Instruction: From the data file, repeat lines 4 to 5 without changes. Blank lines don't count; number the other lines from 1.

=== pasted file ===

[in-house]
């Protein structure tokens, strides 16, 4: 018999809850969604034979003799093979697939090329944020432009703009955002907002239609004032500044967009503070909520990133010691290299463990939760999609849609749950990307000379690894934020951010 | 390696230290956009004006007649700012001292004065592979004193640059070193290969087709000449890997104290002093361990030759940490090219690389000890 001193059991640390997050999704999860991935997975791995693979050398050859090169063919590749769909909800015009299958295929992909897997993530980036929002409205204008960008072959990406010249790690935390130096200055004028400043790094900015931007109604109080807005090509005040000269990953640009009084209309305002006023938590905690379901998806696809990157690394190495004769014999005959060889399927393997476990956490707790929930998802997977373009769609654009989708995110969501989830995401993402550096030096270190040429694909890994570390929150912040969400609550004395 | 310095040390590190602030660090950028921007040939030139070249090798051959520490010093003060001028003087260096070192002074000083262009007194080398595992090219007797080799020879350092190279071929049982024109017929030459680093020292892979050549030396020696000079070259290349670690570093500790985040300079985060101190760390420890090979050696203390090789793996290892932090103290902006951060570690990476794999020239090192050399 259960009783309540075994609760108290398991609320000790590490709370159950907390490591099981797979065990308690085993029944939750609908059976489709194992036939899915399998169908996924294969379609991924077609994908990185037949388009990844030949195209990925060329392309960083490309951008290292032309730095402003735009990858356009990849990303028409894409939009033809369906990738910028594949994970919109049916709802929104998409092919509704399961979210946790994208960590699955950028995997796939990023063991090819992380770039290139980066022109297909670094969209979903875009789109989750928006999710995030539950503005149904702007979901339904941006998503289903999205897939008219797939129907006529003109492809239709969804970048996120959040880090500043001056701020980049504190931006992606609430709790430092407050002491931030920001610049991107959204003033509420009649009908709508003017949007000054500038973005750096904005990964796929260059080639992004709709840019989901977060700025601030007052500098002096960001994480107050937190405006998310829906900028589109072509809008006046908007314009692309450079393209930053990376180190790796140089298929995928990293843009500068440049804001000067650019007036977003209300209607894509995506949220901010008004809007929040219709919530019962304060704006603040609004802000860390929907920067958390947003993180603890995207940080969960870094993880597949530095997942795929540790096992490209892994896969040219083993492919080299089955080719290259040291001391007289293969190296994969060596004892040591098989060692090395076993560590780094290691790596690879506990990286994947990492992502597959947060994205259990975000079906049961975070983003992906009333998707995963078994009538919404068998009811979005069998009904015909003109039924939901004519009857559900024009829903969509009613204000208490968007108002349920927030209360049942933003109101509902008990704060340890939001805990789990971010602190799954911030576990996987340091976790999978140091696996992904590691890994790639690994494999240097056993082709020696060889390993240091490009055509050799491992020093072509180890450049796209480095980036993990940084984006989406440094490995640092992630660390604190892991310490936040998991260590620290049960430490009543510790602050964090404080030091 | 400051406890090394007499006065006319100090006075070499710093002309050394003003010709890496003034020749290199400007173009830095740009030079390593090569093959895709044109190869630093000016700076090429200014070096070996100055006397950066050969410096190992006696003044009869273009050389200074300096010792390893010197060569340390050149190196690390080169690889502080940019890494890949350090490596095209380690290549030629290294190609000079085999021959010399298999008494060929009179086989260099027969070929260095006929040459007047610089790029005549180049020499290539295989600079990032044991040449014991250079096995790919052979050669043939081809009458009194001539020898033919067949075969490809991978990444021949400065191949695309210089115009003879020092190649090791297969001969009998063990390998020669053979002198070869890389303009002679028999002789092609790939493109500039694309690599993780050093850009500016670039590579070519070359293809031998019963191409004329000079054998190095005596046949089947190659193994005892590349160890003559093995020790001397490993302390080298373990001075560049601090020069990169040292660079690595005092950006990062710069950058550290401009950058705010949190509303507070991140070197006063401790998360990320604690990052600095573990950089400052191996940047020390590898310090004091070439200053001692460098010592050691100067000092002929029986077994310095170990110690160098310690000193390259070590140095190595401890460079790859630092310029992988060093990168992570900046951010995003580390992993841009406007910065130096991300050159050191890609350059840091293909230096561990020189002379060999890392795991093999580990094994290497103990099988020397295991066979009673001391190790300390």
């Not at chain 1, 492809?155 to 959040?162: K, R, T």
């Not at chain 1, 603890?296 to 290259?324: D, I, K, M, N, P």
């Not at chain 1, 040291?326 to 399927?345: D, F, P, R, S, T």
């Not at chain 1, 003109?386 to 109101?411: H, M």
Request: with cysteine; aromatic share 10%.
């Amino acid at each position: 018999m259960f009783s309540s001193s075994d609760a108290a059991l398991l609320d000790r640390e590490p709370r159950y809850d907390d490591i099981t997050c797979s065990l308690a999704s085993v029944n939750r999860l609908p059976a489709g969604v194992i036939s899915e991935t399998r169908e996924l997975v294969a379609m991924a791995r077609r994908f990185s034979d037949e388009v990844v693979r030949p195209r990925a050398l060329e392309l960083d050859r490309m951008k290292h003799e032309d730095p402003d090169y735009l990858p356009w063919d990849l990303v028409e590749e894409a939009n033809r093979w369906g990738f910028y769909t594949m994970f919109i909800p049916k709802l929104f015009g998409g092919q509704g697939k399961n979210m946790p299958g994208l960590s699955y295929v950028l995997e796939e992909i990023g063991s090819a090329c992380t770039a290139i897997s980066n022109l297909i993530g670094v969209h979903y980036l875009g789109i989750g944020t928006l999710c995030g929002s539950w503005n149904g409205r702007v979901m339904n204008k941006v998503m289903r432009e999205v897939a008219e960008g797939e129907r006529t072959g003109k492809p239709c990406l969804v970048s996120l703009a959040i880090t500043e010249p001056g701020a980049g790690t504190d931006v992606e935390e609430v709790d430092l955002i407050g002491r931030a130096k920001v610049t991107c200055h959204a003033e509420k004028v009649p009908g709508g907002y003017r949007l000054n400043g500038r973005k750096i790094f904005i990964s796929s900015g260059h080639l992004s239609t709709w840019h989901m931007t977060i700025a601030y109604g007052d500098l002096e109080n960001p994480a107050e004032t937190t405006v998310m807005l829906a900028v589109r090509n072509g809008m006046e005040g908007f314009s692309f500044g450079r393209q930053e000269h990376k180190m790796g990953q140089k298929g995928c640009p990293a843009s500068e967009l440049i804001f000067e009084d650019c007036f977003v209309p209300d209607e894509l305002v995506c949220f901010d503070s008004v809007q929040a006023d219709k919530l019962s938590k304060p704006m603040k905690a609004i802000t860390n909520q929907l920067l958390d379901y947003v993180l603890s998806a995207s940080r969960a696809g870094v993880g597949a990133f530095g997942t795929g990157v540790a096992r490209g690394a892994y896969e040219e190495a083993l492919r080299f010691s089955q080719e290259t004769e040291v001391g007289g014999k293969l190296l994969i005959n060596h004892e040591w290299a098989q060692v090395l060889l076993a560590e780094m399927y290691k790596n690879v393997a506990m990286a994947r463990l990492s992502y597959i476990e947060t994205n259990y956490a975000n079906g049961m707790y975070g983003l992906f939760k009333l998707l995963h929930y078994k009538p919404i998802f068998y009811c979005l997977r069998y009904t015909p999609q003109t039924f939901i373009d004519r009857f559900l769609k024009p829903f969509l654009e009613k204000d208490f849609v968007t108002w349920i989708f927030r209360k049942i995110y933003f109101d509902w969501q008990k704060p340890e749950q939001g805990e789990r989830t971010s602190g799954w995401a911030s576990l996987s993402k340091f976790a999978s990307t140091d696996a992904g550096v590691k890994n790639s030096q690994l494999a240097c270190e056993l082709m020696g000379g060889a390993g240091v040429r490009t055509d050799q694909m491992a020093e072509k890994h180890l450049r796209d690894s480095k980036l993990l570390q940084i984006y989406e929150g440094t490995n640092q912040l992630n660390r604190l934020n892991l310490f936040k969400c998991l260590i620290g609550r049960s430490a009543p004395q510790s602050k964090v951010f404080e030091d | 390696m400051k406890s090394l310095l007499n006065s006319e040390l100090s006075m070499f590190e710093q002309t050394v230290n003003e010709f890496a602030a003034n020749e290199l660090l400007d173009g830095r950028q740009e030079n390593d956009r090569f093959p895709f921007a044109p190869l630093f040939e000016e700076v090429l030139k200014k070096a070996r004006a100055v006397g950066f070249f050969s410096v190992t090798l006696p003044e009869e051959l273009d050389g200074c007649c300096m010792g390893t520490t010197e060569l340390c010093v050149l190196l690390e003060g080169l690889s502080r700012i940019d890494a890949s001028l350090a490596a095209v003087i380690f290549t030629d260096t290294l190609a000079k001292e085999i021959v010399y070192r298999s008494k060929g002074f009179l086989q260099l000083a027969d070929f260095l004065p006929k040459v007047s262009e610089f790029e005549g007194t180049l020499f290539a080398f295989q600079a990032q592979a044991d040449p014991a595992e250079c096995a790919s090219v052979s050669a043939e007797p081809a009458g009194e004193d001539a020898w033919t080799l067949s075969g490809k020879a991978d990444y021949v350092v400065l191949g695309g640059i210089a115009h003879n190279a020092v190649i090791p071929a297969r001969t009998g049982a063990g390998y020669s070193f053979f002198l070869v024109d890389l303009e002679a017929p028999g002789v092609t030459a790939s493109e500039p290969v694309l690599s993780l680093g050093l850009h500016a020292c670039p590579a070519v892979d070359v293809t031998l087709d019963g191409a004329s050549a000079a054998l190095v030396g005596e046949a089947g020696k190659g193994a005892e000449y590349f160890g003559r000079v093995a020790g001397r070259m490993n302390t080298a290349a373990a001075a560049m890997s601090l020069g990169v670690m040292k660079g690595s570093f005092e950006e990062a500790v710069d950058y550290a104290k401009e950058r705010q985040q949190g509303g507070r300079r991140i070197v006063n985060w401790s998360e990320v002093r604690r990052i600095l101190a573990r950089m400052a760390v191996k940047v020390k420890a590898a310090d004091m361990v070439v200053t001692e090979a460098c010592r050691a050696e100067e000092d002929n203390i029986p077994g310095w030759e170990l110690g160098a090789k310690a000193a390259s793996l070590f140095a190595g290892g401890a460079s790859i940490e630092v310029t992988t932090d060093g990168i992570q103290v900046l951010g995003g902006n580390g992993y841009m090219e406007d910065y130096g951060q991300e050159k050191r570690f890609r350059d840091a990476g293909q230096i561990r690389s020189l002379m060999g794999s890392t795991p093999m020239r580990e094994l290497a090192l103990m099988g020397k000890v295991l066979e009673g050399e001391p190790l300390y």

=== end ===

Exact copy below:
């Not at chain 1, 603890?296 to 290259?324: D, I, K, M, N, P």
């Not at chain 1, 040291?326 to 399927?345: D, F, P, R, S, T």